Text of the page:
He’s been the cinematic subject of effects extravaganzas (most notably James Whale’s 1933 adaptation of H.G. Wells’ classic novel), wartime propaganda (Invisible Agent), deadpan comedy (Memoirs of an Invisible Man), and psychosexual satire (Hollow Man), but rarely has The Invisible Man ever led a straight horror film. This is the hole that filmmaker Leigh Whannell is looking to fill with his new movie, which doubles as a relaunch of Universal’s long-running, oft-refashioned Monsters franchise.
In this version, the titular character is a true villain in the form of successful scientist Adrian (Oliver Jackson-Cohen), an abusive antagonist to Elisabeth Moss’s traumatized protagonist Cecilia, who incurs Adrian’s wrath when she orchestrates a nighttime escape from his obsessive clutches. This hushed, harrowing sequence forms the movie’s incredibly intense opening, which says all we need to know about the couple’s relationship.
Living together in a secluded mansion at the edge of a rocky cliff overlooking the roaring Pacific means that Cecilia’s carefully planned departure is an obstacle-filled gauntlet. It’s an all-or-nothing dash for freedom that instantly establishes both Cecilia’s courage and the threat that the tightly wound Adrian poses.
Whannell’s decision to sharply define the two main characters on either side of the conflict in such a primal manner sets the movie on a fast and frightening track, one that ratchets up the tension from the first moment and immediately informs us of what’s at stake. It also puts us in Cecilia’s shoes from the very beginning.
Most other Invisible Man movies (at least temporarily) position themselves from the titular character’s perspective, chronicling how they descend deeper into madness as the psychological effects of their invisibility take hold, but Whannell’s narrative is intrinsically tied to Cecilia’s experiences and anchored by Moss’s stunning performance.
Following the bristling beginning, Adrian is almost completely absent for a while, occupying only a considerable amount of space in Cecilia’s head. Our heroine has retreated to the suburbs and is now hiding out in a friend’s house, but even after Adrian’s body is identified in an apparent suicide, Cecilia can’t shake the feeling that she’s being watched.
Strange occurrences start to add up, but Whannell cleverly toes the line between honestly depicting what Cecilia sees and showing us what amounts to very little. While movies that deal with invisible characters often explore the potential for dazzling visual effects, Whannell mainly focuses on the unseen, aligning our viewpoint with Cecilia’s growing paranoia.
Like Cecilia, we're convinced that Adrian is still out there, but no one else believes her because the evidence is so scarce. And so Whannell’s camera stares into seemingly empty spaces as actions unfold at the edges of the frame or involve such subtle movements in wide stationary shots that we’re left to question what we just saw (or didn’t).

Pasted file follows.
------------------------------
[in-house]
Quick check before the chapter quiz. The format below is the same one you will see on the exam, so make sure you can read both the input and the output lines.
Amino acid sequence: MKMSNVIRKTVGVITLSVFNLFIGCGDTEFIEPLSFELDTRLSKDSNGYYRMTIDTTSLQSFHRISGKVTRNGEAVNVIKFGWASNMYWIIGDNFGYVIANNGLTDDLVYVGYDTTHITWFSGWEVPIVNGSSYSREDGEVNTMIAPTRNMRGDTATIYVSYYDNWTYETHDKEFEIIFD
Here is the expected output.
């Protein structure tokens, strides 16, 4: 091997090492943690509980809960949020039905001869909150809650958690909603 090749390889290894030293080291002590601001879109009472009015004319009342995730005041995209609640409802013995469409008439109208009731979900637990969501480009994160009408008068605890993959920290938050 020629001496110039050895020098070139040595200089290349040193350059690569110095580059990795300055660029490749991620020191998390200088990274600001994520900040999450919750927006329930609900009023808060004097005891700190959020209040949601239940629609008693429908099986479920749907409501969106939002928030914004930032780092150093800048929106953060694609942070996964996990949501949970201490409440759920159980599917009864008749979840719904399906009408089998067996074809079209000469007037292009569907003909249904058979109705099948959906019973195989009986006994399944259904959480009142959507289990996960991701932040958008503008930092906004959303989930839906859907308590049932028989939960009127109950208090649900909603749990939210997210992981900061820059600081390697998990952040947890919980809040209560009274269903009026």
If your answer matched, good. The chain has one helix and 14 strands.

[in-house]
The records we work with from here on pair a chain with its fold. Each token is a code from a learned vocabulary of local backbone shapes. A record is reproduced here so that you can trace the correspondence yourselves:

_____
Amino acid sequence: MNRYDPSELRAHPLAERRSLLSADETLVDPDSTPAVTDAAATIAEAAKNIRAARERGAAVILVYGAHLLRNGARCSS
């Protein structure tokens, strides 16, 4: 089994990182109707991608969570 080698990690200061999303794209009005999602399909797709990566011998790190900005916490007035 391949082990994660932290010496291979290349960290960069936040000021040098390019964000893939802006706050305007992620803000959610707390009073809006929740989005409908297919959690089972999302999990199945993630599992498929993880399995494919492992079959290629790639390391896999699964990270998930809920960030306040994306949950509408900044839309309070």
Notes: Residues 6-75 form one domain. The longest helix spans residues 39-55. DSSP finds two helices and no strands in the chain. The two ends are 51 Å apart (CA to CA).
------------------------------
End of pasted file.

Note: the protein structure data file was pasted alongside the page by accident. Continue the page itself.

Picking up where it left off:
This approach keeps the budget down (less than $10 million, a mere fraction of Hollow Man’s nearly $100 million price tag from 20 years ago) and further pushes the picture into terrifying territory. With Adrian silently stalking Cecilia’s every move and burrowing ever deeper into her head, haunting her from the shadows, the movie is more ghost story than science fiction and Adrian more poltergeist than person.
Whannell takes his time with the scares, which proves an effective method because the sense of danger is, presumably like Adrian, omnipresent. The audience is left to expect a fright at any point, but much is left to our imagination in the first half, and by the time Adrian ramps up his reign of terror to more blatant displays of his hidden powers, Cecilia’s influenced actions have already convinced the various characters orbiting around her that she’s become unhinged.
The script makes Adrian an evil genius capable of thinking multiple steps ahead, which may lead to some far-fetched scenarios, but also helps keep the movie laser-focused on the cat-and-mouse game unfolding between hero and villain. Adrian will stop at nothing to break Cecilia one way or another, making him an eerily immovable force that further alienates Cecilia from everyone else in her life.
For all the myriad ways that the cards have to fall in Adrian’s favour to make certain plot points possible, the story remains believable because the villain’s monstrous motivation is so singular. He has only one narrow goal in mind and endless time and resources to realize it. He also knows his victim intimately, as Cecilia explains throughout the movie, so he’s preying on her from a uniquely advantageous position of power.
Having Moss in the lead also lends each scene an engaging authenticity and excitement. She plays scared in a way that isn’t predictable or superficial. Her face conveys multiple emotions at once without ever exaggerating any of them for some strained dramatic effect. And Cecilia is ready to fight for her freedom, so Moss must mix her character’s profound apprehension with a steely resolve that hinges on Cecilia’s desperate need to cut Adrian out of her life once and for all.
As the movie approaches its deliciously dark finish, Whannell continues to tighten the screws while executing an immensely satisfying payoff for the audience. His commitment to the genre this franchise has generally skirted around makes for a unique take on a character that first graced screens under the Universal banner nearly 90 years ago. This Invisible Man remains a taut fright flick to the very end, proving in the process that even an old monster can learn a new trick.